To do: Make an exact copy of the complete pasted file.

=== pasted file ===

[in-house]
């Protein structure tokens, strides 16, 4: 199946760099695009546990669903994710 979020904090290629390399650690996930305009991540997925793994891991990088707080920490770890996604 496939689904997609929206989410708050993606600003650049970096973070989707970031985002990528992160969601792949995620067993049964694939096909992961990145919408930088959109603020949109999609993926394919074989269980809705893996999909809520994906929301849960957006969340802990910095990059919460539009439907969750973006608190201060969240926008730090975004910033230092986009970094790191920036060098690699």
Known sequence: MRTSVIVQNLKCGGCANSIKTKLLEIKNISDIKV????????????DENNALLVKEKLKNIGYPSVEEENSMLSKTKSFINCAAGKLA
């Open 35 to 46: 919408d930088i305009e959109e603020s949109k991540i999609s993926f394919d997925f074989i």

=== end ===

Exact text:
[in-house]
């Protein structure tokens, strides 16, 4: 199946760099695009546990669903994710 979020904090290629390399650690996930305009991540997925793994891991990088707080920490770890996604 496939689904997609929206989410708050993606600003650049970096973070989707970031985002990528992160969601792949995620067993049964694939096909992961990145919408930088959109603020949109999609993926394919074989269980809705893996999909809520994906929301849960957006969340802990910095990059919460539009439907969750973006608190201060969240926008730090975004910033230092986009970094790191920036060098690699």
Known sequence: MRTSVIVQNLKCGGCANSIKTKLLEIKNISDIKV????????????DENNALLVKEKLKNIGYPSVEEENSMLSKTKSFINCAAGKLA
């Open 35 to 46: 919408d930088i305009e959109e603020s949109k991540i999609s993926f394919d997925f074989i």